Not even the mop-tops from Liverpool could sustain Beatle-mania forever, and so it goes with the iPhone 3G S today as smaller-than-expected crowds gather to buy the next smartphone in Apple’s popular series.
Early reports indicate that, as expected, Apple (NASDAQ: AAPL) faithful arrived during the wee hours at stores to buy the new smartphone, with Apple flagship stores in major cities seeing long lines.
In Silicon Valley, Both Apple Stores and stores for AT&T, Apple’s exclusive carrier for the iPhone even had some fans camping out overnight so they could get their new toy the first thing in the morning.
But while many AT&T (NYSE: T) stores reported selling out quickly today, some said they had received only 60 or so units for the launch. Meanwhile, Apple stores appear to have enough inventory to meet demand, according to a number of stores contacted nationwide by InternetNews.com.
Elsewhere, the rush for the latest iPhone fell short of the fervor of past years when the first two iPhone models went on sale.
In San Carlos, Calif., just south of San Francisco, at least one store showed a remarkable reversal of fortune. There had been a waiting line more than 50 feet long outside the San Carlos AT&T Store for iPhone 3G launch in 2008. This year, the store opened an hour early to find just a few people waiting, all of whom got phones.
A store rep reported there were plenty of iPhones for both pre-order customers and non-pre orders as well.
One possible reason for the quieter launch may have been Apple and AT&T’s focus on preorders, for which AT&T reported nearly sold volumes earlier in the week.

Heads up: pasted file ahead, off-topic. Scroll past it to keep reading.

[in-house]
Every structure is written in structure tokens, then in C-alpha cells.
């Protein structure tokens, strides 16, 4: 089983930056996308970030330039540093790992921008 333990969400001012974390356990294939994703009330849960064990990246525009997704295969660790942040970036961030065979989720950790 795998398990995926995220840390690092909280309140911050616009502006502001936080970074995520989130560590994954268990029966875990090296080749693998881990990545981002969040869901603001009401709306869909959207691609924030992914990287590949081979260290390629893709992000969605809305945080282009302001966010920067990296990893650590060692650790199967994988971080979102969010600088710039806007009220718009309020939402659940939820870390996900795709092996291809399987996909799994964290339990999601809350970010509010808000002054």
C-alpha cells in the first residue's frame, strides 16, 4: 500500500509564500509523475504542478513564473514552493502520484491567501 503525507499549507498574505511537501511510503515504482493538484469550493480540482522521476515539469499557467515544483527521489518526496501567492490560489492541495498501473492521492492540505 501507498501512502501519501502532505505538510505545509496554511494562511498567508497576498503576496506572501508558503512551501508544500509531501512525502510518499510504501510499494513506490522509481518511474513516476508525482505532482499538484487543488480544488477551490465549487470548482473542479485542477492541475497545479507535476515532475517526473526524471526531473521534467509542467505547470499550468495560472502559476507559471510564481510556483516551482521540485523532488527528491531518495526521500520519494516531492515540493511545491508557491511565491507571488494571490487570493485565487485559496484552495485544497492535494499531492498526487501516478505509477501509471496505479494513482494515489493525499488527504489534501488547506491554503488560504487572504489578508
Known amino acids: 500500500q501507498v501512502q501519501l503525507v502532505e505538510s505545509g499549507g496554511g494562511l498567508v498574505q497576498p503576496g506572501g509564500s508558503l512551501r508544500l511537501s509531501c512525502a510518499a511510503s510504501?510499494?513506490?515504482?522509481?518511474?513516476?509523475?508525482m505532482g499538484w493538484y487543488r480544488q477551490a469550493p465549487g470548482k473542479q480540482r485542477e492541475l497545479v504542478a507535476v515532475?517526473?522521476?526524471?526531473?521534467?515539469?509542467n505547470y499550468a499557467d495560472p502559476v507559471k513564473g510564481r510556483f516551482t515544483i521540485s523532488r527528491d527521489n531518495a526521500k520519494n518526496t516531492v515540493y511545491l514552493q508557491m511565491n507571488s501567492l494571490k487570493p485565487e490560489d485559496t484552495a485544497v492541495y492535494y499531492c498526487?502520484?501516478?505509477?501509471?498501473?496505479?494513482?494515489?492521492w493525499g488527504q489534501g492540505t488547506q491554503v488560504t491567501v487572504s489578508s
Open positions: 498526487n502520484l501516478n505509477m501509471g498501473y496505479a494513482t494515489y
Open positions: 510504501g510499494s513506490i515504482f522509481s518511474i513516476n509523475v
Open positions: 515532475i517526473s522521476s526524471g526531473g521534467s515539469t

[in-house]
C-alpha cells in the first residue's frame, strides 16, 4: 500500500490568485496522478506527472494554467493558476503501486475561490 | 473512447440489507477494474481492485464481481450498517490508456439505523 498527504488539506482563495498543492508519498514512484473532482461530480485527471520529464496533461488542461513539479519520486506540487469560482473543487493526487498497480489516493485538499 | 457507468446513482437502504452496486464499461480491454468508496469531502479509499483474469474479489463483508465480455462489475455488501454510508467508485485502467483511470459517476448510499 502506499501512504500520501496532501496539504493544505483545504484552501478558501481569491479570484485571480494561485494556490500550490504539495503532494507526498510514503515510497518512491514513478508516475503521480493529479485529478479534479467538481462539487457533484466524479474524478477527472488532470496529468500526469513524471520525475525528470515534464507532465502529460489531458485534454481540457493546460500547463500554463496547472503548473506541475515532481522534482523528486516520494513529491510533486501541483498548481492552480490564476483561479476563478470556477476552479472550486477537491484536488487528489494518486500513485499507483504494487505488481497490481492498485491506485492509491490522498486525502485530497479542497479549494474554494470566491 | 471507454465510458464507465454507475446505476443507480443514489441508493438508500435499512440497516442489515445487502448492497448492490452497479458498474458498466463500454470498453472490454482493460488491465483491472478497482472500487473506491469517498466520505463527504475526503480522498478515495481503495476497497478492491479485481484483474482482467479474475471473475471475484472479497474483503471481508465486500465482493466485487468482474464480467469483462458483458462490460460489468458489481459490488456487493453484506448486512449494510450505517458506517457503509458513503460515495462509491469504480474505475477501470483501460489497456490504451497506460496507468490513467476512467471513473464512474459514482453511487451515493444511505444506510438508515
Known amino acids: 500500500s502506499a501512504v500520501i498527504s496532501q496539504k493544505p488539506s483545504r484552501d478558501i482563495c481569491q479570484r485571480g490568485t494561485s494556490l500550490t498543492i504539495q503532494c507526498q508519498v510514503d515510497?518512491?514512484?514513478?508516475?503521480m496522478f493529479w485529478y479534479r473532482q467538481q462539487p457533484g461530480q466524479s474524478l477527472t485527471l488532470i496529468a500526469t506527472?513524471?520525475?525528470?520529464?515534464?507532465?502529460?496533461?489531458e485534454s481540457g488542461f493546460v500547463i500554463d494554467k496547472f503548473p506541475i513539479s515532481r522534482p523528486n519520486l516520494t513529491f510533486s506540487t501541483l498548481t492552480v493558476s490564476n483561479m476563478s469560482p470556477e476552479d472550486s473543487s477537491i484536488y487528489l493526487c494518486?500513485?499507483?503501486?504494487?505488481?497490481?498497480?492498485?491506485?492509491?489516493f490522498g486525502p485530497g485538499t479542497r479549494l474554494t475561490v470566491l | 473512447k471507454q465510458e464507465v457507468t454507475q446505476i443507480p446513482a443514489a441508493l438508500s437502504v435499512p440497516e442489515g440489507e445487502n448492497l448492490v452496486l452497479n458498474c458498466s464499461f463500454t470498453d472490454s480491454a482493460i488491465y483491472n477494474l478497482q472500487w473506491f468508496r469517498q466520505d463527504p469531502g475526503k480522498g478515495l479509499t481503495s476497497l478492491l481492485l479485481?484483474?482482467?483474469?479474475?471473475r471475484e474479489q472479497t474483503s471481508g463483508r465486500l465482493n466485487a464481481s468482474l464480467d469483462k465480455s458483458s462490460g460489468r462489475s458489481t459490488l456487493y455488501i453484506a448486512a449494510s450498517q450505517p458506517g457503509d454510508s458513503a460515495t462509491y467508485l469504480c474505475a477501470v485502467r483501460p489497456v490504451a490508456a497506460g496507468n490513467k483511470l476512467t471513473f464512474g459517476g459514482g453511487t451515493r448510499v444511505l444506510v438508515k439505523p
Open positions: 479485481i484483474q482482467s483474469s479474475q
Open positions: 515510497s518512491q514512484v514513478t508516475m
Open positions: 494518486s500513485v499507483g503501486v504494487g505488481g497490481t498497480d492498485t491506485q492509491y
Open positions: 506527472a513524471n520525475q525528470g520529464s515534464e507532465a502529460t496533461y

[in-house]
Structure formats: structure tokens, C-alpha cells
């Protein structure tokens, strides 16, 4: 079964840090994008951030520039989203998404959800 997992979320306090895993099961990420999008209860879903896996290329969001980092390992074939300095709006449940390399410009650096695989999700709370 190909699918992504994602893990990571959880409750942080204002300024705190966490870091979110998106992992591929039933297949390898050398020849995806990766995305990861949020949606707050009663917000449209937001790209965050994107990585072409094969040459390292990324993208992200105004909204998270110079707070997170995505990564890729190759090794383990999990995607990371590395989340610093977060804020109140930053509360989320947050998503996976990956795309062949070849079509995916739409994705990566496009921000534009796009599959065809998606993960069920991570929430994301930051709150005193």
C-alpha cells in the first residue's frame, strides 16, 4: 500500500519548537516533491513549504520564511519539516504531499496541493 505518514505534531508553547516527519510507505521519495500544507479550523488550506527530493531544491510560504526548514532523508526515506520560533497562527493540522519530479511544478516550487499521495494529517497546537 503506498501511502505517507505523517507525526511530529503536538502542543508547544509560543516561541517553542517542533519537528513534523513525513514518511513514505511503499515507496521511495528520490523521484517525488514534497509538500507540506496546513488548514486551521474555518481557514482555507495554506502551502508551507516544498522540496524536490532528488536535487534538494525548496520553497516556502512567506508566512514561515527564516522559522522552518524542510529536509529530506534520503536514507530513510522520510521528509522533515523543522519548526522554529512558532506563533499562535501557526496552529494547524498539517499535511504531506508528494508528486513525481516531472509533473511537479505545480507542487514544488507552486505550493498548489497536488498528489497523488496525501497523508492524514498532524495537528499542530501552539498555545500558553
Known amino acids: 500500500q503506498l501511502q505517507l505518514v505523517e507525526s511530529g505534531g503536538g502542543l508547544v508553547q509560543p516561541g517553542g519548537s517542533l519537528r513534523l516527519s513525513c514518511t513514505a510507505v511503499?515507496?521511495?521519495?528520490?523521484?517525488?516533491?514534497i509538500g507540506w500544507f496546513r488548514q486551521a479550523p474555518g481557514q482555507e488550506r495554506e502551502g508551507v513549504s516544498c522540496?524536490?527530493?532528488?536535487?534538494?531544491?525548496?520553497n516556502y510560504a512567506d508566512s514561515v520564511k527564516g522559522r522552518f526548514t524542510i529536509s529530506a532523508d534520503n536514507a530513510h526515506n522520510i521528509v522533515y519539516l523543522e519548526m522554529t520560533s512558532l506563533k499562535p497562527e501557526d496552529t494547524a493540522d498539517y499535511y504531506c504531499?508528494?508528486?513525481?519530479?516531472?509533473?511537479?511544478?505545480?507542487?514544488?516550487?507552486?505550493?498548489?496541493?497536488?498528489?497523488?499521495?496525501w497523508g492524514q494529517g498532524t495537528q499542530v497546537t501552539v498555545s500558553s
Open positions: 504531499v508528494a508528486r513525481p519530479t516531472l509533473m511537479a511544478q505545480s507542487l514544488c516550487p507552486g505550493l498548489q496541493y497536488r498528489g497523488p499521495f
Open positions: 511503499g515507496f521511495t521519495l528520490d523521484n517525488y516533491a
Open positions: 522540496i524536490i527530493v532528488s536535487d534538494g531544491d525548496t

“We are very pleased with the turnout,” AT&T spokesman Mark Siegel told InternetNews.com. “We encouraged lots of people to pre-order, which provides convenience for the customer. They can either have it shipped directly to them or they get an e-mail saying when they can come pick it up, and that was successful for people who didn’t want to stand in line waiting.”
The quieter debut comes in spite of a slew of new features ushered in with the new iPhone 3G S, which Apple unveiled last week at its annual developers’ conference.
The phone, priced at $199 for a 16GB model, features a faster processor and better battery life. The 3G S also includes lots of new features courtesy of Apple’s upgrade of its operating system to version 3.0 — such as cut-and-paste and multimedia messaging (MMS).
Wide range of sales projections
While Siegel declined to provide sales figures or numbers on how many AT&T stores sold out of the iPhone 3G S, Piper Jaffray analyst Gene Munster is predicting that about 500,000 units will be sold this weekend, roughly half the number of iPhone 3G models that were sold after that device launched in July 2008.
Still, BroadpointAmTech analyst Brian Marshall told InternetNews.com he expects Apple and AT&T to sell a million iPhone 3G S units during its first quarter.
In addition to the quieter response to the launch today — that is, quiet by Apple-fan standards — the introduction of the iPhone 3G S has not been without drama.
[cob:Special_Report]Controversy erupted over AT&T’s lack of immediate support for MMS and tethering features new to the 3G S, as well as over its upgrade pricing plan for existing customers.
Today’s debut of the iPhone 3G S also takes place in a very different market than during the introductions of the previous iPhones. For one thing, rivals are working aggressively to steal customers away from Apple, with new products that look to capitalize on iPhone-like features, such as application stores and touchscreens.
The Palm Pre, which went on sale two weeks ago, has received generally positive reviews and is seen as Palm’s Palm (NASDAQ: PALM) best chance to cut into Apple’s market.
BlackBerry maker Research In Motion (NASDAQ: RIMM) meanwhile is expected to release an updated model of the BlackBerry Storm, the company’s first touchscreen smartphone. The enhancements are expected to make it still more competitive with the iPhone.
Also on tap for release this year from Samsung, HTC, Acer and Motorola are handsets running on Android, Google’s open source mobile platform.
InternetNews.com Senior Editor Andy Patrizio contributed to this article.